Nevada Sets Precedent, Indicts Bank Employees for 'Robo-Signing'
By Arthur Delaney and Loren Berlin
The Nevada attorney general has indicted two midlevel staffers at a mortgage document company, Lender Processing Services, on a whopping 606 counts of felony and gross misdemeanor for directing employees to forge signatures and falsely notarize documents used to illegally foreclose on Nevada homeowners.
Nevada's is the first criminal indictment since last year's discovery of the nationwide "robo-signing" scandal, in which mortgage servicing companies and banks were processing foreclosures en masse at lightning speed by signing documents they neglected to review and falsifying information. "The grand jury found probable cause that there was a robo-signing scheme which resulted in the filing of tens of thousands of fraudulent documents with the Clark County Recorder's Office between 2005 and 2008," said Nevada's chief deputy attorney general, John Kelleher, in a statement.
The indictment against the two employees, Gary Trafford and Gerri Sheppard, describes them as LPS title officers and California residents. Neither has been arrested, but the court has set bail at $500,000 each.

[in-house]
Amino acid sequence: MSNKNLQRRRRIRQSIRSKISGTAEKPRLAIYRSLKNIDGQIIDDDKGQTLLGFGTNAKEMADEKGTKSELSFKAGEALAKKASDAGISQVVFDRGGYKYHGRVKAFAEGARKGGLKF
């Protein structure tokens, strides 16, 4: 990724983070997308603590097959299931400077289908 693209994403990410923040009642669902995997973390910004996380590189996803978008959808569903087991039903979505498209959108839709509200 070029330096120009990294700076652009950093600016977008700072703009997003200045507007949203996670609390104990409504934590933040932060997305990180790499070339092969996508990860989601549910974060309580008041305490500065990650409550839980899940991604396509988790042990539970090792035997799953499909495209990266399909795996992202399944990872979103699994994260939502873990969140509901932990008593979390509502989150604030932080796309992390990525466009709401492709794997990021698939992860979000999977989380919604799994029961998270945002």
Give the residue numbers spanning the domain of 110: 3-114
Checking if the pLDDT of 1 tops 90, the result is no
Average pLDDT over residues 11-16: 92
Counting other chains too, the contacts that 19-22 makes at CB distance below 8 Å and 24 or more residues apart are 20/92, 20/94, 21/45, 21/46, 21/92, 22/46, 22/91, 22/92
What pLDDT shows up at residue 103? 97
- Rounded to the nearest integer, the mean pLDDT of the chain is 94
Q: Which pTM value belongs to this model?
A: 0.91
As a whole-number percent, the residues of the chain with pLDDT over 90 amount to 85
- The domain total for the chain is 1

In a Thursday release, LPS said that it's cooperating with the investigation. It also asserted that no homeowners have been harmed: "Based on the company's reviews, LPS acknowledges the signing procedures on some of these documents were flawed; however, the company also believes these documents were properly authorized and their recording did not result in a wrongful foreclosure."
Read the full story at The Huffington Post
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